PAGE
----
Mention solely as my early days in Japan something standard in Oz - cancel 250kt below 10.000' - ATC could not authorise for normal operations as was "against the law".
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Old 23rd Sep 2021, 11:03
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Pelair operated their Westwinds non-rvsm for years. Most times they would get their requested level. Sometimes they would not.
It was up to ATC to either accept or reject the request.

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Old 23rd Sep 2021, 11:24
  #32 (permalink)  
 
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Originally Posted by deja vu View Post
RVSM really shouldn't apply in Australia, except maybe MEL-SYD_BNE at peak hours. So Potsie suggests they should have cancelled the flight because they may not meet the requirements of reduced separation operations in a country that is totally empty of aircraft?.They did exactly the right thing. Incidentally I have never heard of management or engineering encouraging a turn back regardless of the severity of the problem.
Not suggesting that at all. Only questioning whether they followed the RVSM rules. Simply advise ATC before FL290 that you are non RVSM and let ATC decide if there is traffic around that may restrict or delay operating non-RVSM in RVSM airspace. Itís not that hard.
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Old 23rd Sep 2021, 13:02
  #33 (permalink)  
 
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Originally Posted by Potsie Weber View Post
Not suggesting that at all. Only questioning whether they followed the RVSM rules. Simply advise ATC before FL290 that you are non RVSM and let ATC decide if there is traffic around that may restrict or delay operating non-RVSM in RVSM airspace. Itís not that hard.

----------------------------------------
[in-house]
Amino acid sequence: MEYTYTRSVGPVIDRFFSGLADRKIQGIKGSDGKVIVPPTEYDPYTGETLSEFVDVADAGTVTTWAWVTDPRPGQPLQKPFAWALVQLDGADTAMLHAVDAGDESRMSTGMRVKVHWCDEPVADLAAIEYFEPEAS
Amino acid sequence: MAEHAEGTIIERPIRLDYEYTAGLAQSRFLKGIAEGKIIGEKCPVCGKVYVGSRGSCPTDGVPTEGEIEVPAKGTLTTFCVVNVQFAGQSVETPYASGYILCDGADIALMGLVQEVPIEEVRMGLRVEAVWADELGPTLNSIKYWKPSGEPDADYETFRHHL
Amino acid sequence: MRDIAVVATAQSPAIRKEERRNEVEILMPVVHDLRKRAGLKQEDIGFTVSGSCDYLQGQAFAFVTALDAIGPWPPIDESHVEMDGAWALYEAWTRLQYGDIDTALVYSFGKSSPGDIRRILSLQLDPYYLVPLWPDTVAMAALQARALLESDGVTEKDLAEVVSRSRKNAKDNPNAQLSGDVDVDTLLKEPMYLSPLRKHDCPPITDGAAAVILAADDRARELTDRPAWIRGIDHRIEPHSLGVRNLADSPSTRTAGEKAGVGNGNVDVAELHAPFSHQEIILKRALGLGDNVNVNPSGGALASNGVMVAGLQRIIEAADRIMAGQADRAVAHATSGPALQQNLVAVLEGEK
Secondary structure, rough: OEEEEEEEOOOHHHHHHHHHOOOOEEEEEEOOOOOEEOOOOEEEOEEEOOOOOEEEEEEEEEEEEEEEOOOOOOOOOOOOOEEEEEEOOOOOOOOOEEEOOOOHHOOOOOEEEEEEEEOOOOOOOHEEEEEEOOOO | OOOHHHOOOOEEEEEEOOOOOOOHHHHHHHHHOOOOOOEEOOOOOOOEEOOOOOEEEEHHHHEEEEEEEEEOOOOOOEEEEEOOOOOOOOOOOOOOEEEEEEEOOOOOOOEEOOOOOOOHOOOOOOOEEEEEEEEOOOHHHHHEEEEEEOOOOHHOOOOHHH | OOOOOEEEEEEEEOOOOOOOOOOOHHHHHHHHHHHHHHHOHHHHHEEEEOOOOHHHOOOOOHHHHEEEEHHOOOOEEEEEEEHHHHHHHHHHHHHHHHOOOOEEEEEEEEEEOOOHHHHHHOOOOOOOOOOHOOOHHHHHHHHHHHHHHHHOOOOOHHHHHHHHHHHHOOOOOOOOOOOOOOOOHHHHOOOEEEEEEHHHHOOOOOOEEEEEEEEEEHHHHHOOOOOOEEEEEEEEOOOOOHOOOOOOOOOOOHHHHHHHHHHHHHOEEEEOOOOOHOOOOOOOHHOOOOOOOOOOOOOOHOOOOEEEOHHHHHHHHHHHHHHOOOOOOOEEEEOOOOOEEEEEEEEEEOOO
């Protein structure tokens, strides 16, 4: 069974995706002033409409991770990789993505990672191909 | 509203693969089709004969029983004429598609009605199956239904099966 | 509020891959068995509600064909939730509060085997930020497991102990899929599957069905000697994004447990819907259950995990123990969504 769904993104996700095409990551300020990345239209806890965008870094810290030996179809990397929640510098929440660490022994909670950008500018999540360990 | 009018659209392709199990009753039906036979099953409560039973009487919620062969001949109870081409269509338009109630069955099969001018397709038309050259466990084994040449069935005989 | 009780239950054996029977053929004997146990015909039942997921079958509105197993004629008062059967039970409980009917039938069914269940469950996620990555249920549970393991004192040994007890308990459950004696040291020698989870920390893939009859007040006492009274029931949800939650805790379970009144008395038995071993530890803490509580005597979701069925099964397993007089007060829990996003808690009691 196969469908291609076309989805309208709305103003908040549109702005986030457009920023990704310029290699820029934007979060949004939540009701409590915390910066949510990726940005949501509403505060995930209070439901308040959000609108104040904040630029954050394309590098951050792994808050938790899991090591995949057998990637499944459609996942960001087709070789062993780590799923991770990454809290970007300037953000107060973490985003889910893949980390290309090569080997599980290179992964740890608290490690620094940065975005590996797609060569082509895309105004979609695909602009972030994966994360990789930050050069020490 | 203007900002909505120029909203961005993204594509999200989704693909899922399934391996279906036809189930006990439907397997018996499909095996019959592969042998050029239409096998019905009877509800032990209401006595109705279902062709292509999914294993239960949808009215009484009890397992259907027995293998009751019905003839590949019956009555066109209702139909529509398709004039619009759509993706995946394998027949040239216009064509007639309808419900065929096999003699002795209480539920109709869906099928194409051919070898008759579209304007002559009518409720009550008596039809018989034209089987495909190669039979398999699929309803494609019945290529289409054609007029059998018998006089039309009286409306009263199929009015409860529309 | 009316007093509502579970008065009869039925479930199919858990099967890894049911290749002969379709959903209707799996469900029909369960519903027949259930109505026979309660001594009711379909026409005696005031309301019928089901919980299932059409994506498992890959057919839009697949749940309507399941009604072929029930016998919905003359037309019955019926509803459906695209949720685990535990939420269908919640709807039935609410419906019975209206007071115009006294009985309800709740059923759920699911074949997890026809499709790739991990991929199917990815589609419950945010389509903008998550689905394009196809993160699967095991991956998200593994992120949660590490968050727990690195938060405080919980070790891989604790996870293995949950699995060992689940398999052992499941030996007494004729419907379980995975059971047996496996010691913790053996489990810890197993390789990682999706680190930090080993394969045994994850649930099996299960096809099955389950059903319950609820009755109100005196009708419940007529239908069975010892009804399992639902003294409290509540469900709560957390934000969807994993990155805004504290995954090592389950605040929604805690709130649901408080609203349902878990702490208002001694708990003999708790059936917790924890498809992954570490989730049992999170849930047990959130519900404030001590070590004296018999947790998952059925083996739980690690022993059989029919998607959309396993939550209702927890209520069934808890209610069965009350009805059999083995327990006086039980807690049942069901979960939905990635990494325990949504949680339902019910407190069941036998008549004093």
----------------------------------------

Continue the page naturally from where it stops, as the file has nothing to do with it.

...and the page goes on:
Well yes in hindsight its all so clear. So at F/L180 AP A disengages, A/T also disengages, they select B AP soon after and then that disengages later, the Stab trim light comes on, they monitor the problem, they run checklists, they call engineering and management and finally accept they are not going to have an autopilot and requested a block altitude to complete their flight. True, the rules must be obeyed, maybe they prioritised their task, maybe it didn't occur to them that when entering RVSM they couldn't restore the autopilot, because they were fully occupied whatever, who knows.? The last thing they needed is pedantic criticism.
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Old 24th Sep 2021, 02:13
  #34 (permalink)  
 
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According to the report, they notified ATC they could not meet RVSM requirements once in cruise, but the requirements for RVSM (automatic altitude hold system) must be met before entering RVSM airspace. They had the problem before they entered RVSM.
You should go work at CASA with an attitude like that. They told centre they were non-RVSM, if it wasn't going to work Centre would have just said 'clearance not available descend now' etc etc. They may have also been RVSM compliant on the way up but not at the cruise. Noone knows and it really doesn't matter. They flew the aeroplane and that is all that matters. Only in Australia would someone be worried that you may or may not have broken the AIP for a couple of minutes.